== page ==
Feed their bellies and their minds will follow

15th April 2005 at 01:00
Schools in the United States have found a novel way of boosting exam results: they give students more nutritious lunches on test days. Research from the University of Florida has found that some schools routinely alter the content of their lunches in order to manipulate results, a phenomenon which casts a new light on our own government's decision to increase funding for school dinners.

All US schools are evaluated according to how their students perform in state exams, and those that fail to meet their targets are sanctioned.

Nearly all schools participate in the subsidised national school lunch programme, with students below the poverty line receiving free meals.

As there is an accepted link between free lunches and poor test performances, and take-up of meals is higher among those entitled to subsidies, school nutrition programmes reach a disproportionate fraction of low-performing students - the very students whose test scores the school most needs to improve.

In their study, Food for Thought: the effects of school accountability plans on school nutrition, just published in the Journal of Public Economics, David Figlio and Joshua Winicki looked at lunch menus from elementary schools in the Virginia district, and compared nutritional content during test days and non-test days. (Under the 1993 School Meals Initiative for Healthy Children, administrators are allowed to alter nutritional content from one day to the next.) Figlio and Winicki discovered that the nutritional content of school meals improves on test dates, particularly in districts with at least one "failing" school. The inescapable conclusion is that districts alter their menus in an attempt to improve test scores.

At first blush, one might question the effectiveness of nutrition as a tool for boosting test scores. However, several factors suggest it's a plausible approach. First, school lunch programmes tend to target precisely the students most "needed" by schools in accountability systems.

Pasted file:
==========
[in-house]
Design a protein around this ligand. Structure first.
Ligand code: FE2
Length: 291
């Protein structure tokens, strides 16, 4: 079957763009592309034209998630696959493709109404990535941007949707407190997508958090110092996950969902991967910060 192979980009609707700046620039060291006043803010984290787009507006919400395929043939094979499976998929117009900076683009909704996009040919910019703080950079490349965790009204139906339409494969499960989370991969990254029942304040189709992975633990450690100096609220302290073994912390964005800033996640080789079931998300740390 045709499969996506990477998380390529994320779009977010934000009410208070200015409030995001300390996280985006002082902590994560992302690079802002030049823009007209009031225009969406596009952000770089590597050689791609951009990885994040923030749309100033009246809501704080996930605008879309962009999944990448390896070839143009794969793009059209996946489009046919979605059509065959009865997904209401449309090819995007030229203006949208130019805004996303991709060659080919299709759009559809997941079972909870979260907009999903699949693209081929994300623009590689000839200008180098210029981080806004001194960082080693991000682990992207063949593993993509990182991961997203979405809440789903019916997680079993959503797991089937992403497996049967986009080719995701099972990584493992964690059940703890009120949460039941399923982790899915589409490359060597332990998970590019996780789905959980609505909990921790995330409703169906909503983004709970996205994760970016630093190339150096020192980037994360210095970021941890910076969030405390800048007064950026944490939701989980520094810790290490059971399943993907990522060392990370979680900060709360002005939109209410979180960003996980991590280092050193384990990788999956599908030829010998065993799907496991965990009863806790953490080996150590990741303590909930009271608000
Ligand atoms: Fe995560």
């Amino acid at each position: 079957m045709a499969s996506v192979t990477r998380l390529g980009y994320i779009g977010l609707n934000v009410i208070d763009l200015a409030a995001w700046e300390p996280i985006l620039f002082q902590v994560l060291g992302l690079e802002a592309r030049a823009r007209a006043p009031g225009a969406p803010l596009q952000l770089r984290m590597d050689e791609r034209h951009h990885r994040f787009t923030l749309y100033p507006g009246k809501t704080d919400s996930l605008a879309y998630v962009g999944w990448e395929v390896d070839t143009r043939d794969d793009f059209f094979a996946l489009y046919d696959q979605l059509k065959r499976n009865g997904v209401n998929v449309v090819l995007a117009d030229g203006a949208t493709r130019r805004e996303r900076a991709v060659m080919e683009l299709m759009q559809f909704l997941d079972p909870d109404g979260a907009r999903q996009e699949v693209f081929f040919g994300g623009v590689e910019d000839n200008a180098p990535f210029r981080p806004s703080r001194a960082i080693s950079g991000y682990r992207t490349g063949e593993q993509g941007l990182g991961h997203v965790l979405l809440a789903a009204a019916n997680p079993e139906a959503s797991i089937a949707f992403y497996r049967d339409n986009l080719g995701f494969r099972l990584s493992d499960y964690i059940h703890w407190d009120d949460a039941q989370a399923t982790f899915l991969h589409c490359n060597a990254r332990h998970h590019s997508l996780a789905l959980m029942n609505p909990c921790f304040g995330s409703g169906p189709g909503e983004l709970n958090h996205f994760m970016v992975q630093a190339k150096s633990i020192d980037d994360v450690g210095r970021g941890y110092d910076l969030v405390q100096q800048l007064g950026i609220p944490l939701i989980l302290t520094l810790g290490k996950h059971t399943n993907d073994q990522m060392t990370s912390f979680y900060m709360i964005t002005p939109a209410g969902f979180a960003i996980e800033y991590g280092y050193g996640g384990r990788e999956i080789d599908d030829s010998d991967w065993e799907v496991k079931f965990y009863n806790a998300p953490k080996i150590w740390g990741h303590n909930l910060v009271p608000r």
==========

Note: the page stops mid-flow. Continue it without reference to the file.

Second, it's something schools can control. Most now have the technology to track and monitor the nutritional content of the meals they provide, and the regulations give them flexibility in menu selection.

And third, it might just work. Several studies have found that good nutrition - and particularly increased glucose intake - improves short-term cognitive ability; boosting calories enhances psychological and verbal intelligence scores.

Food for Thought shows that in districts in which at least half of the schools were threatened with potential sanctions based on 1999 test scores, calorific intake was considerably higher during the testing period than during the weeks before and after: 825 rather than 737 or 743 calories per student for lunch.

But while consumption of calories increased dramatically, that of other nutrients did not. The amount of vitamins A and C fell slightly, as did calcium intake. So while there is strong evidence that lunches around test days are more calorific, there is no evidence that they are more nutritious.

Does it pay off? Test results show that increasing meal calorie counts by 100 boosted pass rates in maths, English and historysocial studies by between 4 and 7 per cent. So if manipulating meals on one day can have such a profound impact, what would a more long-term improvement in nutrition do for underprivileged children?

Raj Persaud is Gresham professor for public understanding of psychiatry and author of The Motivated Mind - How to Get What You Want from Life (Bantam Press, pound;12.99)

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